She thought, for a moment, she saw desire in his eyes. She knew men thought her beautiful. But the look vanished quickly, and Sagra wondered if the Faceless Sons denied themselves worldly pleasures as part of their penance.
After a pause, he spoke again. “And I’m grateful, too, for the company of a brave woman. Come, walk with me and tell me more of village witchcraft.”
© Steve Goble 2005, Reprinted With Permission
This story originally appeared in Amazing Journeys Magazine
(Issue #9, Fall 2005, Edited by Edward Knight)
Discuss this story at ResAliens Forum at SFReader.com.
Steve Goble writes fantasy, horror and science fiction, plus some poetry. One of his short stories was an honorable mention in “The Year’s Best Fantasy and Horror 2008,” edited by Ellen Datlow, Kelly Link and Gavin J. Grant. He has published more than 20 short stories (some featuring the Faceless Sons), a novel, and is beginning a new novel featuring his sword and sorcery protagonist, Calthus. He blogs at Swords Against Boredom.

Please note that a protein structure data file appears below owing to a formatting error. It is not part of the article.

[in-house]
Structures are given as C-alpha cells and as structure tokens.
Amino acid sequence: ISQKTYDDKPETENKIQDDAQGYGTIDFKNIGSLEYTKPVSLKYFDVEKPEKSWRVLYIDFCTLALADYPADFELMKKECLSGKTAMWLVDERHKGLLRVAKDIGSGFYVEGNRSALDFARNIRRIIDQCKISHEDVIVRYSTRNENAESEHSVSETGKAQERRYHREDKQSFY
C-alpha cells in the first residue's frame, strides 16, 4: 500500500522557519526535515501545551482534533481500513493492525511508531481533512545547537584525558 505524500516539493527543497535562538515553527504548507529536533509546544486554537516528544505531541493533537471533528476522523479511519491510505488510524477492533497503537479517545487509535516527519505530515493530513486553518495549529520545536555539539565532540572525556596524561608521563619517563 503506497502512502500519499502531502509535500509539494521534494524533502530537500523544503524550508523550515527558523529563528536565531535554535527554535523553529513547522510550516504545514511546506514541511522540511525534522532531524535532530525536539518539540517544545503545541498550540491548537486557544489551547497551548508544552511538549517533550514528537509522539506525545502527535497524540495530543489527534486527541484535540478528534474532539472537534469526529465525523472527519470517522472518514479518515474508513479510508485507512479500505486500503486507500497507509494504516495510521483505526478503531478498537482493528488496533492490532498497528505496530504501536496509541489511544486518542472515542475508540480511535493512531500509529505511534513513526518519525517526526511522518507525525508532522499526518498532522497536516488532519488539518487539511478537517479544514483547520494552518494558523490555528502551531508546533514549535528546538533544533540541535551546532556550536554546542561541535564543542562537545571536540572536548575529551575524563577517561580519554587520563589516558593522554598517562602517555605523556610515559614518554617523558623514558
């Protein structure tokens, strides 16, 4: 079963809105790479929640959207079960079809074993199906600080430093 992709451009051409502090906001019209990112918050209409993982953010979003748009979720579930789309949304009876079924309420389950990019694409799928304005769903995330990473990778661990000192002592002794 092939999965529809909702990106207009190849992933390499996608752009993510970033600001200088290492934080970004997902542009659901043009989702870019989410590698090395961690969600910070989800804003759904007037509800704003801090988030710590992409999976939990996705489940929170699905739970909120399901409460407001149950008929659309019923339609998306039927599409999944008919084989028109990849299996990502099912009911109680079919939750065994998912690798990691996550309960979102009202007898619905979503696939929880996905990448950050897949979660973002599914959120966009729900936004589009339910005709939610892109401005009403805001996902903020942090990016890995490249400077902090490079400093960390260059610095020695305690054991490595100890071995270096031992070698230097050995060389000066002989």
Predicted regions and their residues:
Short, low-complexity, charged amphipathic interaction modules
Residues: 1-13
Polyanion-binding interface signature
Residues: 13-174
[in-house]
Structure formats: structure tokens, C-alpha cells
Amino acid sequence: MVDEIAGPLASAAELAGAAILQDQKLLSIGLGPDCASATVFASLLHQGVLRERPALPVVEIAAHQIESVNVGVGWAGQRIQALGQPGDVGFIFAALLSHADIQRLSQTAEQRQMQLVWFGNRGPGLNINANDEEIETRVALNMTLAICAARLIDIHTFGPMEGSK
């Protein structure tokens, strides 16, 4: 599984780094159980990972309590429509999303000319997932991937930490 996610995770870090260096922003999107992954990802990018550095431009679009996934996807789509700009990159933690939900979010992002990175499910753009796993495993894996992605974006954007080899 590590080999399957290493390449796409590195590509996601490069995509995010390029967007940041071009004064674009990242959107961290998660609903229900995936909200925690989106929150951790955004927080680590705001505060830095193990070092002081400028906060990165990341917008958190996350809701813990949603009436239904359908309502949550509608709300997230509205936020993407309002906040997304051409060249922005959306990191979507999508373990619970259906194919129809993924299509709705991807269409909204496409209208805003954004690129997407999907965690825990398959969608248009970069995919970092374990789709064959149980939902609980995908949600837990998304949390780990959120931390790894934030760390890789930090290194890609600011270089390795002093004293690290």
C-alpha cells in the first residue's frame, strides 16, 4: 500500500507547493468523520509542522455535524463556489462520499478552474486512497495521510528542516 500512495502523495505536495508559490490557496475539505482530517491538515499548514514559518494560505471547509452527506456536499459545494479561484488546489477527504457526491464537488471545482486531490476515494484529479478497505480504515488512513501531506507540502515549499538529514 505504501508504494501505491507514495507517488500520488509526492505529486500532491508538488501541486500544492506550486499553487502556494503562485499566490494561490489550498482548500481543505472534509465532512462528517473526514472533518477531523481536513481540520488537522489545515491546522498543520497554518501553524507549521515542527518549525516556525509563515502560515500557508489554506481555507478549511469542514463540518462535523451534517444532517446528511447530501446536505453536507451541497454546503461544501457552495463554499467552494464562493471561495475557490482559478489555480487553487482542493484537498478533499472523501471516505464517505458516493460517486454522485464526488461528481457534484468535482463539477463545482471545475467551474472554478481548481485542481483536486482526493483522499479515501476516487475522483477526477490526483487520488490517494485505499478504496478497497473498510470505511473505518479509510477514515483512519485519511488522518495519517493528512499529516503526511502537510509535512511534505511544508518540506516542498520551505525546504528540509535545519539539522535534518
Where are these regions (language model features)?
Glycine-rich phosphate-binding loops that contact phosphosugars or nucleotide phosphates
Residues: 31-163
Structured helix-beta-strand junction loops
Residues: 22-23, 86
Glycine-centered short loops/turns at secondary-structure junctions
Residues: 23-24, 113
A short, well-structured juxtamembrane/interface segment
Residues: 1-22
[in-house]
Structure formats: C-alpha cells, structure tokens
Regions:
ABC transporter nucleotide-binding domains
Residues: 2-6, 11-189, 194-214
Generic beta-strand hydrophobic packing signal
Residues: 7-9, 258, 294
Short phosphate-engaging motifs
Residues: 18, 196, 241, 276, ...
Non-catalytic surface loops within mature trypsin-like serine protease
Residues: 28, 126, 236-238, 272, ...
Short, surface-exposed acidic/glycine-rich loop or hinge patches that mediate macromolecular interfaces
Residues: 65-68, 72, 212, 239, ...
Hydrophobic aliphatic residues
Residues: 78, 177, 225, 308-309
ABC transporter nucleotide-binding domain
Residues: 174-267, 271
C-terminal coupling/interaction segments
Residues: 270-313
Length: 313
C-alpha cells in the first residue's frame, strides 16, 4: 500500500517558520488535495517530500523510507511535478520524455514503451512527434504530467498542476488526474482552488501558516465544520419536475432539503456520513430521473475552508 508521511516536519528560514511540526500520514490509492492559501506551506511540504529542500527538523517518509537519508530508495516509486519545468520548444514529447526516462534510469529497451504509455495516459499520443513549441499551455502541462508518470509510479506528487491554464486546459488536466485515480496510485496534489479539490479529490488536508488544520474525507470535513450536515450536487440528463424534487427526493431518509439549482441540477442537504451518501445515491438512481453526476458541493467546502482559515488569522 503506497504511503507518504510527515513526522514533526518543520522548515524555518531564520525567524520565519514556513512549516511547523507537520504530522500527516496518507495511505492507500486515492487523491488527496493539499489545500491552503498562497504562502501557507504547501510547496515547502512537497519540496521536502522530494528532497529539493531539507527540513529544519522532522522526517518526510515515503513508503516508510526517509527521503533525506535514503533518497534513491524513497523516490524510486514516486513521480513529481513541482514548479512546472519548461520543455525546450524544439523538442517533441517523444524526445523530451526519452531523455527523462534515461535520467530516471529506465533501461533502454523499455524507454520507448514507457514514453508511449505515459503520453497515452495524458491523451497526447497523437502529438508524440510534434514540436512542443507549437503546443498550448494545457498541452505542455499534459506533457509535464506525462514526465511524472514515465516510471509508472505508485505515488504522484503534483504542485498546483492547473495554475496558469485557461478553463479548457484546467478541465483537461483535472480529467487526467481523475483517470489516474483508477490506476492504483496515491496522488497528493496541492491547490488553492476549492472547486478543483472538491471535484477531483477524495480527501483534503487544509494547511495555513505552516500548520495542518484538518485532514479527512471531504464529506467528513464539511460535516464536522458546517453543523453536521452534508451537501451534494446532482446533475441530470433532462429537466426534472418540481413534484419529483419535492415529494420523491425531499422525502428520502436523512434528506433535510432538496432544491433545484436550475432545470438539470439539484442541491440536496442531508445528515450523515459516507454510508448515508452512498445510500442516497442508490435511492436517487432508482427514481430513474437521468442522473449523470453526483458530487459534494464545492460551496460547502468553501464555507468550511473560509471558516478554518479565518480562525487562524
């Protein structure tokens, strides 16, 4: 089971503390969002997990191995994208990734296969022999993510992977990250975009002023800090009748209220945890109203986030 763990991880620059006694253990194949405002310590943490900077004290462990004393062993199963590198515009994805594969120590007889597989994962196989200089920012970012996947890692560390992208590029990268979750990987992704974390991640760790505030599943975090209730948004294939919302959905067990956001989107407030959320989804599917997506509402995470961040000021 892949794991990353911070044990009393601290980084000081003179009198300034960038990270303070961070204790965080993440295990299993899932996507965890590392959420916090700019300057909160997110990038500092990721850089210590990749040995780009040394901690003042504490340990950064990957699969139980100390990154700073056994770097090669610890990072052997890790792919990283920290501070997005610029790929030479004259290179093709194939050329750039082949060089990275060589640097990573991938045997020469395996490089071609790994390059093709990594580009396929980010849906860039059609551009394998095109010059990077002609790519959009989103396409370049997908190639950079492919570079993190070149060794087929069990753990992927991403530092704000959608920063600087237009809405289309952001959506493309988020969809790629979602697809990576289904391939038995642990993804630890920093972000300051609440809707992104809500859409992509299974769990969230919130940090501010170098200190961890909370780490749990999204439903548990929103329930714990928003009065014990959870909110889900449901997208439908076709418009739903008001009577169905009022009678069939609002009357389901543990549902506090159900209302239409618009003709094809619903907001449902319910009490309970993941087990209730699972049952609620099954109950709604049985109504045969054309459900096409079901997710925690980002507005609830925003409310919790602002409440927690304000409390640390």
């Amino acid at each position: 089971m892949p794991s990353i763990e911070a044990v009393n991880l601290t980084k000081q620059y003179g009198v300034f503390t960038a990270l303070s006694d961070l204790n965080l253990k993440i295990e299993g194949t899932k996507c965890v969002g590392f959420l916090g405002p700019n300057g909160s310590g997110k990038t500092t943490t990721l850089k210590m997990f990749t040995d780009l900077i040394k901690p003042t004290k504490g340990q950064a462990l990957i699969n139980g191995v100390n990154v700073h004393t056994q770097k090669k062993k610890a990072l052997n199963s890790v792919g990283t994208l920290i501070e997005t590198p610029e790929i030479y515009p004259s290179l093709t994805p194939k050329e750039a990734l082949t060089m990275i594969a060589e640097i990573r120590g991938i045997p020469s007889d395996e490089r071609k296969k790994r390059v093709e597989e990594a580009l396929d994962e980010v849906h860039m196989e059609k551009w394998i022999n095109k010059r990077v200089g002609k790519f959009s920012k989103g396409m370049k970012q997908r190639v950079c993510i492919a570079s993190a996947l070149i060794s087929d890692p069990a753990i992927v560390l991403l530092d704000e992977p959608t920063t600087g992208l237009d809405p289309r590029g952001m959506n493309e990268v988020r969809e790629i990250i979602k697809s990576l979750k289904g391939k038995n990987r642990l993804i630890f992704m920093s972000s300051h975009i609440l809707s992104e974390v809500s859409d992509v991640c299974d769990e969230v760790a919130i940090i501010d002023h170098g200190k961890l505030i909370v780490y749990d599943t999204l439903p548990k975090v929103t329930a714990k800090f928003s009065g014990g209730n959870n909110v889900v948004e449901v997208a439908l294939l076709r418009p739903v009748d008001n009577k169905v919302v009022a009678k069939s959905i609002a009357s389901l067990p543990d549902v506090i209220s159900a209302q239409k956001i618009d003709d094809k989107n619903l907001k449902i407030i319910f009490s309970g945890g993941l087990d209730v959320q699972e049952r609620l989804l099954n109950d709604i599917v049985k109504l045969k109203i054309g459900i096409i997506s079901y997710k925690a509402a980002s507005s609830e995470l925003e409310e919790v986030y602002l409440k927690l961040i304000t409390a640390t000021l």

About the Faceless Sons...
Steve Goble writes:
The Faceless Sons stories revolve around three brothers who have given up their identities and hide their faces behind masks, and will do so until they have slain the demons unleashed by their power-hungry wizard father. It’s pure sword & sorcery, sometimes told with one of the Faceless Sons as the protagonist, and sometimes told with someone else as the point-of-view character. I have a few other tales in the sequence, looking for homes in one nice publication or another.